A psychologically troubled novelty supplier is nudged towards a romance with an English woman, all the while being extorted by a phone-sex line run by a crooked mattress salesman, and purchasing stunning amounts of pudding.
Paul Thomas Anderson
Philip Seymour Hoffman
The intersecting life stories of Daniel Plainview and Eli Sunday in early twentieth century California presents miner-turned-oilman Daniel Plainview, a driven man who will do whatever it takes to achieve his goals. He works hard but also takes advantage of those around him at their expense if need be. His business partner/son (H.W.) is, in reality, an "acquired" child whose true biological single-parent father (working on one of Daniel's rigs) died in a workplace accident. Daniel is deeply protective of H.W. if only for what H.W. brings to the partnership. Eli Sunday is one in a pair of twins whose family farm Daniel purchases for the major oil deposit located on it. Eli, a local preacher and a self-proclaimed faith healer, wants the money from the sale of the property to finance his own church. The lives of the two competitive men often clash as Daniel pumps oil off the property and tries to acquire all the surrounding land at bargain prices to be able to build a pipeline to the ... Written by
Huggo / edited by statmanjeff
Daniel Day-Lewis improvised the speech he gives to the citizens of Little Boston, about building schools, bringing bread to the town, etc. Paul Thomas Anderson says of this, "It was delicious. It was Plainview on a platter." See more »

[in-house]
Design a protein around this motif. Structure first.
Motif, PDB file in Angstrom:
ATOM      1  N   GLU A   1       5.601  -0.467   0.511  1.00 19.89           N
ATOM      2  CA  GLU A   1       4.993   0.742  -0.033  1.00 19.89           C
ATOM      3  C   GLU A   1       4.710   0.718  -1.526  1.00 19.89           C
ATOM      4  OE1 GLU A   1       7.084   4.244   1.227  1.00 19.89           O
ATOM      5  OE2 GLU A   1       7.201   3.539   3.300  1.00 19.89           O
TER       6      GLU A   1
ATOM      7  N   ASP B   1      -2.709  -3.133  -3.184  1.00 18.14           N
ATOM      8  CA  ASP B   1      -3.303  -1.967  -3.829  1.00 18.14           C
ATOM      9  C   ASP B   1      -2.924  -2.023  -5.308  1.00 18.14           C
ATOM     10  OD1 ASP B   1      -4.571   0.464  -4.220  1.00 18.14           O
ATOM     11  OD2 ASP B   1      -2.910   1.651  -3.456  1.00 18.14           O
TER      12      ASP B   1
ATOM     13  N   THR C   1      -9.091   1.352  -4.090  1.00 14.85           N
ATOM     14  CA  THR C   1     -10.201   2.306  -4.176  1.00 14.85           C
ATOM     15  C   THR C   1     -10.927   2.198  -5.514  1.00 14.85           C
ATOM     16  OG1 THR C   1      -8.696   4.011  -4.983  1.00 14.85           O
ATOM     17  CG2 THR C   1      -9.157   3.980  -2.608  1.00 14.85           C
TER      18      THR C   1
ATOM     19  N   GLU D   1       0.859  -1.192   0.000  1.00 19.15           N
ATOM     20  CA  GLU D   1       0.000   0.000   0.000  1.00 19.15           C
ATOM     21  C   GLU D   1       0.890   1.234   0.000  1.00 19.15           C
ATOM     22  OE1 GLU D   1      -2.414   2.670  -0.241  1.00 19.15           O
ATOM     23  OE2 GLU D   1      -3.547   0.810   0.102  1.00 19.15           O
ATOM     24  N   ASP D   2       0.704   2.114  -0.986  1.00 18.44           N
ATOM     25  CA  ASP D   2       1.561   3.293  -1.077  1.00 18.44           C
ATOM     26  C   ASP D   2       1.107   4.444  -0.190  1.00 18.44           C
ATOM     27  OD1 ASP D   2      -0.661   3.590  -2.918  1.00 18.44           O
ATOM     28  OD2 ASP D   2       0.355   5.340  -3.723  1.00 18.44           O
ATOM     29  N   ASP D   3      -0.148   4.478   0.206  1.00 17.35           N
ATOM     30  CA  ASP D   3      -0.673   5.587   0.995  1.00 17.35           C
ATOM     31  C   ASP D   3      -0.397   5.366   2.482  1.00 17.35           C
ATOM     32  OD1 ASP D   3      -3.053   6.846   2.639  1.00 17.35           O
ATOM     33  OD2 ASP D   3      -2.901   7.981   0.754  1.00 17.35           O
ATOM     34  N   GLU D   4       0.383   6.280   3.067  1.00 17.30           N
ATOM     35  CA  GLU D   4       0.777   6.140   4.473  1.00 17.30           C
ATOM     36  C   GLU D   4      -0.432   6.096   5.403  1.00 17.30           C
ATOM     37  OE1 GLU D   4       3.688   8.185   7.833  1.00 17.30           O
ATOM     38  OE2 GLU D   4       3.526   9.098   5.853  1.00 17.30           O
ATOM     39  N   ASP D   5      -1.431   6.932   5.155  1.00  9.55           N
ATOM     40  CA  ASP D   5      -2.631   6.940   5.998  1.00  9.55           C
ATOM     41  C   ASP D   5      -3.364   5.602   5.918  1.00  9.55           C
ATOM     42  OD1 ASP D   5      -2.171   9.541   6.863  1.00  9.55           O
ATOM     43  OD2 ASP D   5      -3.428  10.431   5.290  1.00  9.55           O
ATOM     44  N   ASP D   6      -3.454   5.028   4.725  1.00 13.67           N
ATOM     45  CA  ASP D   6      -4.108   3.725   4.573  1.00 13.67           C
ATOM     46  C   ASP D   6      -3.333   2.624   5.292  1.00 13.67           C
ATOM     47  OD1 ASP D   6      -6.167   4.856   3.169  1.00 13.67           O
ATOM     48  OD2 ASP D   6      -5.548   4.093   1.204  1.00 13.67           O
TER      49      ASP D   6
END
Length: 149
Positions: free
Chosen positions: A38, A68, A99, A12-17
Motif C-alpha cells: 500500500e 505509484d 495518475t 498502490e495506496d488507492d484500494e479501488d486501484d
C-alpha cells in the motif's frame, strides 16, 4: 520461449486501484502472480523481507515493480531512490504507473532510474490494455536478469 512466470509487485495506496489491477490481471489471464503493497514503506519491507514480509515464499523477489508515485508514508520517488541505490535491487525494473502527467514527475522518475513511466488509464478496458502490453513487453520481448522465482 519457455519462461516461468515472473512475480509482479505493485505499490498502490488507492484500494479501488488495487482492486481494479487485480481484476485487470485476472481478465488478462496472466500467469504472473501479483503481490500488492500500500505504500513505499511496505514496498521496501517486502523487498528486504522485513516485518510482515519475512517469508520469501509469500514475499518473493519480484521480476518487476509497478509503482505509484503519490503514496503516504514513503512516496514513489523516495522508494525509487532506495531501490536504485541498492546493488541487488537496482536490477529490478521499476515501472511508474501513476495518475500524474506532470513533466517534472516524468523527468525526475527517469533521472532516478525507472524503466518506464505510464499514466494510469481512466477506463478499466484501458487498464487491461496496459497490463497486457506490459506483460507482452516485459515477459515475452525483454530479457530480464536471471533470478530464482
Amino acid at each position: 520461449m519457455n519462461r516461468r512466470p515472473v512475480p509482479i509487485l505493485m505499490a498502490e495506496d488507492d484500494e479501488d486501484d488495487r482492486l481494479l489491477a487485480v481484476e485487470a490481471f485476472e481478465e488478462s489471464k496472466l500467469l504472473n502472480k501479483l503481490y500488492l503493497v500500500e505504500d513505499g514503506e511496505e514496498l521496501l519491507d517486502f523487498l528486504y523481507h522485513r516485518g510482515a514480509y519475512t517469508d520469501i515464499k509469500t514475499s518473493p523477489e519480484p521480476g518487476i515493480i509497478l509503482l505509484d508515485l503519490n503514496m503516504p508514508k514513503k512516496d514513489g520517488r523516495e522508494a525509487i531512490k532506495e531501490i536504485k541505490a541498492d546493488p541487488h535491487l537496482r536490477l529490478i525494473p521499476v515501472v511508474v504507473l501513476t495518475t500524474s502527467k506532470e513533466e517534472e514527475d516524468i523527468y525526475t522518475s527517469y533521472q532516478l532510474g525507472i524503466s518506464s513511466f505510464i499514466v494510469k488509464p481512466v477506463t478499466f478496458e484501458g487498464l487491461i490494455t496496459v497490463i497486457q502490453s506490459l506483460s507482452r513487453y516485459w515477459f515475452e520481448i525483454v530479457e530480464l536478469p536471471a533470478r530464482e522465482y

When Daniel starts throwing bowling balls at Eli, all twenty pins are standing in both lanes of the bowling alley. After a couple of camera angle changes, nine pins in the left alley are shown knocked over despite Eli nor the bowling balls coming near them. See more »
This film raises the game for everyone out there. I have loved all of Paul Thomas Anderson's work, including his greatly underrated Punch-Drunk Love, but this is a huge leap from any of the previous movies into a realm, as others have said, inhabited by classics such as Treasure of the Sierra Madre - and then some. Every element of this film is astonishing, from the opening twenty minutes, which feature virtually no dialog, to Jonny Greenwood's score, which I have heard criticized as too imposing but which seems just about perfect to me (and brings to mind the non-Blue Danube elements of 2001 at its most experimental). Daniel Day-Lewis' performance is in a league of its own: his voice, his mannerisms, his physical movement, his stunted emotions, are flesh and blood, and hauntingly so, in a way that even Tommy Lee Jones in In The Valley of Elah (which I thought was a pretty staggering performance) can't quite attain. I will watch this film again and again simply to see something so raw and so moving and so gut-wrenching. This is why I love movies; this is what made me want to make movies when I was fourteen years old.
328 of 563 people found this review helpful.
Was this review helpful to you?